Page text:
Photo/Tom Barry: Dilapidation in Sierra Blanca, prison town and county seat of Hudspeth County.
Bigger and Badder Than Blackwater
Thanks for GREAT works from Detention Watch Network (DWN) to compiled the following information, please visit DWN website: http://www.detentionwatchnetwork.org
Raids to Deportation-A Community Resource Kit
- Know Your Rights in the Community (English, Spanish)
- Know Your Rights in Detention
- Pre-Raid Community Safety Plan
- Raids to Deportation Map
- Raids to Deportation Policy Map
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Immigrants and their supporters are participating in marches all over the country to protest proposed national legislation and to seek justice for immigrants. The materials available here provide important information about the rights and risks involved for anyone who is planning to participate in the ongoing marches.
If government agents question you, it is important to understand your rights. You should be careful in the way you speak when approached by the police, FBI, or INS. If you give answers, they can be used against you in a criminal, immigration, or civil case.
The ACLU's publications below provide effective and useful guidance in several languages for many situations. The brochures apprise you of your legal rights, recommend how to preserve those rights, and provide guidance on how to interact with officials.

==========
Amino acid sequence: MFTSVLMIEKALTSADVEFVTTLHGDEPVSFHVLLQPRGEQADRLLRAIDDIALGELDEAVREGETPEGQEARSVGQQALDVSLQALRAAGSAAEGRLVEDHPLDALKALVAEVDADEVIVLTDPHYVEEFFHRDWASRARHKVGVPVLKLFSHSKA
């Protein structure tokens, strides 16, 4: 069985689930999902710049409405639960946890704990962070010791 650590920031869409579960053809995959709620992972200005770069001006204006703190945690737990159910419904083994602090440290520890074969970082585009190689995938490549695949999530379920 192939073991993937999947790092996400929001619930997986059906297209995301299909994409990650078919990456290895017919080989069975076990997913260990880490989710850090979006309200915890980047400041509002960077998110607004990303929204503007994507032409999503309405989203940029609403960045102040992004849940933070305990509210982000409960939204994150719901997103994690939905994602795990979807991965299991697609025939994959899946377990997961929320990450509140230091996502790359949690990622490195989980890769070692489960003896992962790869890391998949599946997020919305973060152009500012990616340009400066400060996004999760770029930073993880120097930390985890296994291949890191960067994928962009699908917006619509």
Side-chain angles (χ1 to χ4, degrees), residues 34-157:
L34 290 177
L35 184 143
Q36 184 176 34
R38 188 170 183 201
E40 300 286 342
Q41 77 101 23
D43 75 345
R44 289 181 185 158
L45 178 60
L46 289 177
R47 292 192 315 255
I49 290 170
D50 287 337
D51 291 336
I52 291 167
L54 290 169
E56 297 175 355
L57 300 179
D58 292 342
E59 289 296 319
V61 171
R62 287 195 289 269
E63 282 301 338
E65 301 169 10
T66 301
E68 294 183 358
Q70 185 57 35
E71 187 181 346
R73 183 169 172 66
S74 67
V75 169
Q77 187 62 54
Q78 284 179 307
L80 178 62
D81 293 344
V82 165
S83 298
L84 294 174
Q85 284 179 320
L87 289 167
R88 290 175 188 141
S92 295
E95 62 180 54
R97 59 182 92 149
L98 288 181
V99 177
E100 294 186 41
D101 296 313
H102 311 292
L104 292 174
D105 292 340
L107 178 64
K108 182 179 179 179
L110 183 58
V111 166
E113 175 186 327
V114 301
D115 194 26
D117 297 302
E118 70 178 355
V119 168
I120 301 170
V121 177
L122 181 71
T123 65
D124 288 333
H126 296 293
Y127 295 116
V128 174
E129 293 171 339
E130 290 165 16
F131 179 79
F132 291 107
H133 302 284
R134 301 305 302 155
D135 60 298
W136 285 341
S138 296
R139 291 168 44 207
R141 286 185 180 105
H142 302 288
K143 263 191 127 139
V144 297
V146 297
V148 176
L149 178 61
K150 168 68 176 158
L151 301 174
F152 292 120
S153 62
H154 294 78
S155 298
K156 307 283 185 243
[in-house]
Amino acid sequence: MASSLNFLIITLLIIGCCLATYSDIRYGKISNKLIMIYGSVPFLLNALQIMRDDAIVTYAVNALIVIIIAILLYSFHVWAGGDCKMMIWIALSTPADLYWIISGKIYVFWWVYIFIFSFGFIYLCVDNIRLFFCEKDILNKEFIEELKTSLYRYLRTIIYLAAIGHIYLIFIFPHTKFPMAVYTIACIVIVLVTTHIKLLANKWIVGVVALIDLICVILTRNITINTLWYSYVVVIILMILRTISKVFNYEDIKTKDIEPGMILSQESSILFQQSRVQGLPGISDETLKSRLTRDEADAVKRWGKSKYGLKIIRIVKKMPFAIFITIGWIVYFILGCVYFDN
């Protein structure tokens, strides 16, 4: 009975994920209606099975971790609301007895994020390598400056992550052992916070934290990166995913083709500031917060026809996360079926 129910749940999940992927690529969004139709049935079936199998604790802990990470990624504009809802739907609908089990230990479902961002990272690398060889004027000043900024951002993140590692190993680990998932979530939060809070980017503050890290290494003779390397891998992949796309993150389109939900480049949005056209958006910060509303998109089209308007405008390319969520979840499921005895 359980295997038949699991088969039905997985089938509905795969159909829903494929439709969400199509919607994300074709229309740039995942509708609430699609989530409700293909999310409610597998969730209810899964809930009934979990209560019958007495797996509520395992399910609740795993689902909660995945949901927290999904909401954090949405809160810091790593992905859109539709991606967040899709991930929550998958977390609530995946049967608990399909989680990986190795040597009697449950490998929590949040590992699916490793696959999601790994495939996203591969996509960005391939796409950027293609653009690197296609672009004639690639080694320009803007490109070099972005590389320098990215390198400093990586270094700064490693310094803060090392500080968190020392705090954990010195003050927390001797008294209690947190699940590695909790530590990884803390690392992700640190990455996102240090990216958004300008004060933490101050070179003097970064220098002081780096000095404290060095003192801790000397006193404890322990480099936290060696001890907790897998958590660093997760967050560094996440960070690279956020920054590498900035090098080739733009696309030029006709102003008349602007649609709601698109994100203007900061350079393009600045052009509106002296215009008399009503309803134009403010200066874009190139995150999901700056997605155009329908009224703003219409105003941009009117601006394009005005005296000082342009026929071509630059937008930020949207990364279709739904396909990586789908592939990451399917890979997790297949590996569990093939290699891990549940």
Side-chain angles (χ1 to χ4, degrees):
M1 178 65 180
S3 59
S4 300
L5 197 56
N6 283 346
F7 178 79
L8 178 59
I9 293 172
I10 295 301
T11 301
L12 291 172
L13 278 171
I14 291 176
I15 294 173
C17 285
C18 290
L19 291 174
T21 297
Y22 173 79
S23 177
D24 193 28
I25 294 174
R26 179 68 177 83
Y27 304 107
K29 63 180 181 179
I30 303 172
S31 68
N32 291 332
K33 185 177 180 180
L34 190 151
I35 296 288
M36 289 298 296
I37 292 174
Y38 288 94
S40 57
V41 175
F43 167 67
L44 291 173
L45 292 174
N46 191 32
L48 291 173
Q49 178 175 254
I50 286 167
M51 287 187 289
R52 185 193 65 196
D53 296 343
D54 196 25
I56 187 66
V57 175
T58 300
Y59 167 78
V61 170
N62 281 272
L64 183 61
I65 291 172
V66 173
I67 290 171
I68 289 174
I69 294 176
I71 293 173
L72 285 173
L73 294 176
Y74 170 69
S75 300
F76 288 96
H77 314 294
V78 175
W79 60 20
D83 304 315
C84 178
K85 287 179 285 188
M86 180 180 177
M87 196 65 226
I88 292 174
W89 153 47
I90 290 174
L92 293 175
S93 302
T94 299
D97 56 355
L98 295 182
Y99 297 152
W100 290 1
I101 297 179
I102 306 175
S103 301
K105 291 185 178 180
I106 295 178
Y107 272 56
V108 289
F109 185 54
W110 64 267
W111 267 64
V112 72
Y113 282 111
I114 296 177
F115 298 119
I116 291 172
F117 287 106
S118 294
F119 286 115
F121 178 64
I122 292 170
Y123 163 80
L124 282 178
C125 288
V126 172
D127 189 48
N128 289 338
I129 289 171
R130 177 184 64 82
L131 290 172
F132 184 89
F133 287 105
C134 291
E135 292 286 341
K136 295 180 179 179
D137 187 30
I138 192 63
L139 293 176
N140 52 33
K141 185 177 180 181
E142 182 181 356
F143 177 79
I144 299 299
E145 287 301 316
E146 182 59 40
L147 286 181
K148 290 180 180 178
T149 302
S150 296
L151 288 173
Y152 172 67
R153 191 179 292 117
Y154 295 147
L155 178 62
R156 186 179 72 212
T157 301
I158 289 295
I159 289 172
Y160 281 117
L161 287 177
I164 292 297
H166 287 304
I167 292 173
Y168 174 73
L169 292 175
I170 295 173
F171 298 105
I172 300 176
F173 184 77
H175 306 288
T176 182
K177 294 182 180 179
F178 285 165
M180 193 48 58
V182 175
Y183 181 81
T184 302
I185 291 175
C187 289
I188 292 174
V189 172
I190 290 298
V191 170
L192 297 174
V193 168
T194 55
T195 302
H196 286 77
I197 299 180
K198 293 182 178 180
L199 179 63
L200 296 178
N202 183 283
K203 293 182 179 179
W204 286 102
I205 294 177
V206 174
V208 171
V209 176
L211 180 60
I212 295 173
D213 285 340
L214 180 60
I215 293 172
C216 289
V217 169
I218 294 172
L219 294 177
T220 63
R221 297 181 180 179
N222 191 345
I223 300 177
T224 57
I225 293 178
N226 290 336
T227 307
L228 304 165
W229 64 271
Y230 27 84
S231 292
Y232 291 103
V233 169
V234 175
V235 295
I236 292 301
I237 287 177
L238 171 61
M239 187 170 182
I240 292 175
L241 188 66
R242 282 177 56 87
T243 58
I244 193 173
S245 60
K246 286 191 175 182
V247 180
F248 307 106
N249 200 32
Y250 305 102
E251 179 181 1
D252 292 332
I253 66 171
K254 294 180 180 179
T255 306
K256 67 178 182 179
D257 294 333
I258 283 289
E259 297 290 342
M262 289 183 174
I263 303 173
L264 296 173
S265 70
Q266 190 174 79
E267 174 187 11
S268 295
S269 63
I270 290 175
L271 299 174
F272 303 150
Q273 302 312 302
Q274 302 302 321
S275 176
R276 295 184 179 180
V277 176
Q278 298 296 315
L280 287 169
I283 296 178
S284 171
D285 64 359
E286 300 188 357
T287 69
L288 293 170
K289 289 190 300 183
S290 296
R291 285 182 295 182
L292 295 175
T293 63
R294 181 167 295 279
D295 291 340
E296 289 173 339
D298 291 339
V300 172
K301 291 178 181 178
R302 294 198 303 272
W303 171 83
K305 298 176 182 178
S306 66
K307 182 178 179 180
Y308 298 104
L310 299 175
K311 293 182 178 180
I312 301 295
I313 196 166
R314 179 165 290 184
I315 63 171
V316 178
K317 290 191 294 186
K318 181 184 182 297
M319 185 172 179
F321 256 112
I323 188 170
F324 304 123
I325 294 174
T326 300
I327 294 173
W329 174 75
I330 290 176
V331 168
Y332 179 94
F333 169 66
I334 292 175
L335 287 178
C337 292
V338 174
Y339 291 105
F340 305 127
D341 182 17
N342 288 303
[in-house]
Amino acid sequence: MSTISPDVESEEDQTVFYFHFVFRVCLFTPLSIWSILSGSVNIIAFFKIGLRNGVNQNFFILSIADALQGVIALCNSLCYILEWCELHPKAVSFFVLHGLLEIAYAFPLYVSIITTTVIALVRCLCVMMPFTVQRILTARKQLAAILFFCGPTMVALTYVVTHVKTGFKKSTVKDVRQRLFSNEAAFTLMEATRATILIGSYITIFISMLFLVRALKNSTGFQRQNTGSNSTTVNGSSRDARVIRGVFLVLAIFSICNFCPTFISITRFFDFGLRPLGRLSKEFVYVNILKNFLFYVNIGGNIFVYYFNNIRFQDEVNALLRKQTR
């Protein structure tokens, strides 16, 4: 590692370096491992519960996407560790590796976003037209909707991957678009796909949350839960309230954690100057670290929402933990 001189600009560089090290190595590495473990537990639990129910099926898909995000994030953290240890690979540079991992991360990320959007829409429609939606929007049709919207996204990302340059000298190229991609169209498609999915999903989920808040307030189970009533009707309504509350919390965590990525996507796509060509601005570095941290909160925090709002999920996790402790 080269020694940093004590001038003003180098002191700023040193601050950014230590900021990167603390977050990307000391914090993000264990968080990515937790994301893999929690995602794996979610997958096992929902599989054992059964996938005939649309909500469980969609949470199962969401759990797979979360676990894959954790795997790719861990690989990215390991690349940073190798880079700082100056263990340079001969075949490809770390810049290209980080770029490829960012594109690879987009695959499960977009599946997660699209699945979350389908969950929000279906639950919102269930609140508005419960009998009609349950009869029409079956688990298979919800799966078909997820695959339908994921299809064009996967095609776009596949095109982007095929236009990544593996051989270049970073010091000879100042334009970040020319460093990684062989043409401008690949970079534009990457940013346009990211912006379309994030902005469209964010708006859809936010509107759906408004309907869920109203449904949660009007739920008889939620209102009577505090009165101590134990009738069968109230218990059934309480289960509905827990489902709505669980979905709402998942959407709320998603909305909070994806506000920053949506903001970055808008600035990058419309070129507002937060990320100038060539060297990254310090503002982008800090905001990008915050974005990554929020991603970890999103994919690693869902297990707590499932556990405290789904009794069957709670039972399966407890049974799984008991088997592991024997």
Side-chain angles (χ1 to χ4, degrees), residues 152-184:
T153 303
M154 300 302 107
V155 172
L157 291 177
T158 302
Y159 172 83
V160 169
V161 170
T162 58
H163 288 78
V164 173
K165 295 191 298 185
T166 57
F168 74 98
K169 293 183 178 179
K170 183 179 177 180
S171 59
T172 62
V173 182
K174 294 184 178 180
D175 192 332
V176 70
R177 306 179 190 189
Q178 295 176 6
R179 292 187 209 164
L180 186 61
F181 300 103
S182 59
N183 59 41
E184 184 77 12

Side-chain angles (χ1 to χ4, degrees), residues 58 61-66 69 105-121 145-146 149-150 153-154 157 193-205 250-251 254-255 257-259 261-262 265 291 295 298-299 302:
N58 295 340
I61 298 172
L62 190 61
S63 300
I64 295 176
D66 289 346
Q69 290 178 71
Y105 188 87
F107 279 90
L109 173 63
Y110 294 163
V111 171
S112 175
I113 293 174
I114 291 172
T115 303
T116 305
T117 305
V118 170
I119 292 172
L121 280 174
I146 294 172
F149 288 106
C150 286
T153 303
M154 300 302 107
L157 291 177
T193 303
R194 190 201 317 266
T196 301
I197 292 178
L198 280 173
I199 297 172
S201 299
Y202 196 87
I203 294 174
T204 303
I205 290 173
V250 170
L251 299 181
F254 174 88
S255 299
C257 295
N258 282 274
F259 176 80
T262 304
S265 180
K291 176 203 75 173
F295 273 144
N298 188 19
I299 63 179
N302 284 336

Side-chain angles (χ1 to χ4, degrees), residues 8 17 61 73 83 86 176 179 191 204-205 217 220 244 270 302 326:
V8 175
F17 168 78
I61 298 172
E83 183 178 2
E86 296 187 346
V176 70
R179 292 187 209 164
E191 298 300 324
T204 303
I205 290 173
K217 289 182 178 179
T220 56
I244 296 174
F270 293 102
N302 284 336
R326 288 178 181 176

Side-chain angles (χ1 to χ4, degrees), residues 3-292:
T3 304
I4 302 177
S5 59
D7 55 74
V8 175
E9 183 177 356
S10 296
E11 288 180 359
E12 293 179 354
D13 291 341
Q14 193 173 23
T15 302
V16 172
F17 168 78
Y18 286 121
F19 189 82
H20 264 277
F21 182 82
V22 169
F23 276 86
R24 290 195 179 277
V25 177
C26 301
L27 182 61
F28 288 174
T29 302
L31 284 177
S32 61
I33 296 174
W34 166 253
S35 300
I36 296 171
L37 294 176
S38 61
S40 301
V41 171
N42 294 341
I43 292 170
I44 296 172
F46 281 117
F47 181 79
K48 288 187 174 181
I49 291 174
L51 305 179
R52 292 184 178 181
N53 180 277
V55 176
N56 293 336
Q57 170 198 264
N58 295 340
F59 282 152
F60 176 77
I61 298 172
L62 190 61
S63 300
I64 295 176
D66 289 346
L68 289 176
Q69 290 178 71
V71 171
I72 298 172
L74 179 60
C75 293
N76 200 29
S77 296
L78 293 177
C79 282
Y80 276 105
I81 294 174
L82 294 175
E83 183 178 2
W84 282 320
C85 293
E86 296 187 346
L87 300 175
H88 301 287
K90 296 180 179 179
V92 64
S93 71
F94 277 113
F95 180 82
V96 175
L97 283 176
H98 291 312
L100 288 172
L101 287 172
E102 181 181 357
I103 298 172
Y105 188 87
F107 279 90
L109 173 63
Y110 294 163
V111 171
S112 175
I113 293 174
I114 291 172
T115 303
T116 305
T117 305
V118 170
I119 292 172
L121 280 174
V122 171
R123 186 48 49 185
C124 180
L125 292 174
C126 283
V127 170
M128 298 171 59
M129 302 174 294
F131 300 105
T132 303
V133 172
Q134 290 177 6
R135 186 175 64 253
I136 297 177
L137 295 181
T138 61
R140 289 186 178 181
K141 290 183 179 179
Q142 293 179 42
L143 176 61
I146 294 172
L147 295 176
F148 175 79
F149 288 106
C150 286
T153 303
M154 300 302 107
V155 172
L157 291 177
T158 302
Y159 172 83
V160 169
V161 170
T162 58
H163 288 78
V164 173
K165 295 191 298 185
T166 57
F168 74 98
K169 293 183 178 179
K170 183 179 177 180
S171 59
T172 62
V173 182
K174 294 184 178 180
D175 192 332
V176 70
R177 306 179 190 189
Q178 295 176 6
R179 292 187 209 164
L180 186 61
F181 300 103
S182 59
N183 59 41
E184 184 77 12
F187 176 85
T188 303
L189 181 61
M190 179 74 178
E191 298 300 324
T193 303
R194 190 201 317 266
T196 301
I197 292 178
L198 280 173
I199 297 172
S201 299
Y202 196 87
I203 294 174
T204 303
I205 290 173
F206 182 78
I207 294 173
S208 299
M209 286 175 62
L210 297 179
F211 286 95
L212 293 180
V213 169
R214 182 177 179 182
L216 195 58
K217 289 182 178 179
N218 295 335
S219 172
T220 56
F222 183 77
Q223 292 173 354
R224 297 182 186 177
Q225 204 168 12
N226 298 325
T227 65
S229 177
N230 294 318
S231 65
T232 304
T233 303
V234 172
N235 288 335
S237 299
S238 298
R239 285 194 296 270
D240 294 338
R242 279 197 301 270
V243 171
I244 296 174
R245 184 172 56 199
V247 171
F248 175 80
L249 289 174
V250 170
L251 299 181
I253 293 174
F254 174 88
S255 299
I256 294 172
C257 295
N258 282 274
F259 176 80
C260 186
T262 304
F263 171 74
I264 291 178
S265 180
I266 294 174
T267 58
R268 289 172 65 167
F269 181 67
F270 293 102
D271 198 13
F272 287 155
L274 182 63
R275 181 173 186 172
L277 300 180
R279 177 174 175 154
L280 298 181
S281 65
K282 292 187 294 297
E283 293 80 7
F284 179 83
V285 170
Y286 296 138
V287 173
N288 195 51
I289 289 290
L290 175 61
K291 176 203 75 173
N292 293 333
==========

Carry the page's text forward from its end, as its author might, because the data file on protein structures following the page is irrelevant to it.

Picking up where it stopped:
Know Your Rights When Encountering Law Enforcement
| Conozca Sus Derechos Frente A Los Agentes Del Orden Público
ACLU of Massachusetts - Your Rights And Responsibilities If You Are Contacted By The Authorities English | Spanish | Chinese
ACLU of Massachusetts - What to do if stopped and questioned about your immigration status on the street, the subway, or the bus
| Que hacer si Usted es interrogado en el tren o autobus acerca de su estatus inmigratorio
ACLU of South Carolina - How To Deal With A 287(g)
| Como Lidiar Con Una 287(g)
ACLU of Southern California - What to Do If Immigration Agents or Police Stop You While on Foot, in Your Car, or Come to Your Home
| Qué Hacer Si Agentes de Inmigración o la Policía lo Paran Mientras Va Caminando, lo Detienen en su Auto o Vienen a su Hogar
ACLU of Washington - Brochure for Iraqis: What to Do If the FBI or Police Contact You for Questioning English | Arabic
ACLU of Washington - Your Rights at Checkpoints at Ferry Terminals
| Sus Derechos en Puestos de Control en las Terminales de Transbordadores
Washington State - Student Walkouts and Political Speech at School
| Huelgas Estudiantiles y Expresión Política en las Escuelas
California Students: Public School Walk-outs and Free Speech
| Estudiantes de California: Marchas o Huelgas y La Libertad de Expresión en las Escuelas Públicas